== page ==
Friday, November 3, 2017

TLC Book Tours Book Review: The Crooked Path

About The Crooked Path

  • Paperback: 400 pages
  • Publisher: Thomas Nelson (November 7, 2017)
From the bestselling author of The Girl From the Train, comes another compelling coming of age story of delayed love, loss, and reconciliation in WWII-era South Africa.
Lettie has always felt different from and overshadowed by the women around her– this friend is richer, that friend is more beautiful, those friends are closer. Still, she doesn’t let this hold her back. She works hard to apply her mind, trying to compensate for her perceived lack of beauty with diligent academic work and a successful career as a doctor. She learns to treasure her friendships, but she still wonders if any man will ever return her interest.
Marco’s experiences in the second world war have robbed him of love and health. When winters in his native Italy prove dangerous to his health even after the war has ended, he moves to South Africa to be with his brother, husband to one of Lettie’s best friends. Marco is Lettie’s first patient, and their relationship grows as she aids him on the road back to restored health.
In the company of beloved characters from The Child of the River, Marco and Lettie find a happiness that neither of them thought possible. With that joy comes pain and loss, but Lettie learns that life—while perhaps a crooked path—is always a journey worth taking.

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Review: I've been in the mood for emotional reads. It didn't take very long to know that The Crooked Path is definitely one of those books. I cried my way through this one.

As you are introduced to Lettie, you really feel her inadequacy, even though she is a very smart woman. Her friends are always making her feel that she isn't up to snuff because she's not as beautiful or wealthy or popular as her other friends. It doesn't help that she has a crush on a guy that would never look at her in the way that she wants him too.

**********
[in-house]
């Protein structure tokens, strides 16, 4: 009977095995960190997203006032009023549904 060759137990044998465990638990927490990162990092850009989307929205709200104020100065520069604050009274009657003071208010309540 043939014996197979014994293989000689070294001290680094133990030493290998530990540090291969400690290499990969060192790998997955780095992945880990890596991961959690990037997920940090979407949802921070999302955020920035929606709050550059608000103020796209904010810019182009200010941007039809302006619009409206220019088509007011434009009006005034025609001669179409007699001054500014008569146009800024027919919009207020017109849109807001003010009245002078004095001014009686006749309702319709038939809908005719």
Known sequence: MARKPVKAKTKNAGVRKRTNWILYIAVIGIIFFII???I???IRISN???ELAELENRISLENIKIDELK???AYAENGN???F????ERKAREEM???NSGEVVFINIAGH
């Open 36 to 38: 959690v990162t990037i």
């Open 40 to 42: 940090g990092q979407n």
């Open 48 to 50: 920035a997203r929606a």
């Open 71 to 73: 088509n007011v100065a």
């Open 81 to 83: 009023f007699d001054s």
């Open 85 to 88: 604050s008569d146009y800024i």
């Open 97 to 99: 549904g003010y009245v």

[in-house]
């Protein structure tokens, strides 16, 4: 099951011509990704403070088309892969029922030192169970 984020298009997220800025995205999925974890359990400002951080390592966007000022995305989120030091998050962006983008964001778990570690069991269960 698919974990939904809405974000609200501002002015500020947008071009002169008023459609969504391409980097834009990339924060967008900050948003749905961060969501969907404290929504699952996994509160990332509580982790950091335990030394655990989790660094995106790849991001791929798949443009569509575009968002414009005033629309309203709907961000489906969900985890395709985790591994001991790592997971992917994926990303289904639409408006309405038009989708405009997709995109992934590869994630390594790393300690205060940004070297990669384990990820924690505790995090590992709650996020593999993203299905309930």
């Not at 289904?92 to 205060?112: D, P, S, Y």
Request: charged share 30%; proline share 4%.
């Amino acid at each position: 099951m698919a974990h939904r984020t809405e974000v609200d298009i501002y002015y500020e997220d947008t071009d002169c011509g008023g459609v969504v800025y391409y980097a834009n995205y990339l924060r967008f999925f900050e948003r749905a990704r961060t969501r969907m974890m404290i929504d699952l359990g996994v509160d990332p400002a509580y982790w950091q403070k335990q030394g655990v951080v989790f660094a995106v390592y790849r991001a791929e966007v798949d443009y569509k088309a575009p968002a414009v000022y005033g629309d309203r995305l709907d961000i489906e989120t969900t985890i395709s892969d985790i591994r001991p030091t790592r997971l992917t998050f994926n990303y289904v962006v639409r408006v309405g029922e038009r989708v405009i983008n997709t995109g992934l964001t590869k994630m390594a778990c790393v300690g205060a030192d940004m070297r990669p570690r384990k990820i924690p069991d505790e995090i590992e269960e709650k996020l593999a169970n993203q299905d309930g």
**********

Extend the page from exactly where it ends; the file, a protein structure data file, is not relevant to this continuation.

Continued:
Marco is an Italian Catholic in love with a pretty Jewish girl.

The time period is WWII, so you know that there is going to be heartbreak there even though Marco does his best to protect them from the Nazis. His story is the one that will rip your heart out, toss it on the floor and then stomp all over it.

This man goes through hell, protecting the woman he loves as well as her family, only to lose all and then become deathly sick, which is what leads him to South Africa and lettie.

Through a crooked path, a theme that is recurring throughout this book, Lettie and Marco find one another and they find love.  I love the quote “Years ago my mom told me life sometimes leads you along a strange crooked path, but in the end it will always take you where you’re supposed to be.”"

There's a lot of truth to that quote, especially as you see the crooked path that Lettie takes, as she helps her town and then her family battle polio.

The only thing that bothered me was Lettie's self esteem and the focus on how she couldn't be beautiful if she wasn't slim.

There is much heartache in this story, but the story comes full circle at the end.  I was glad Lettie had a little bit more happiness in her life agai.

This was one of the most beautiful books I've read this year.

Rating: 5 flowers



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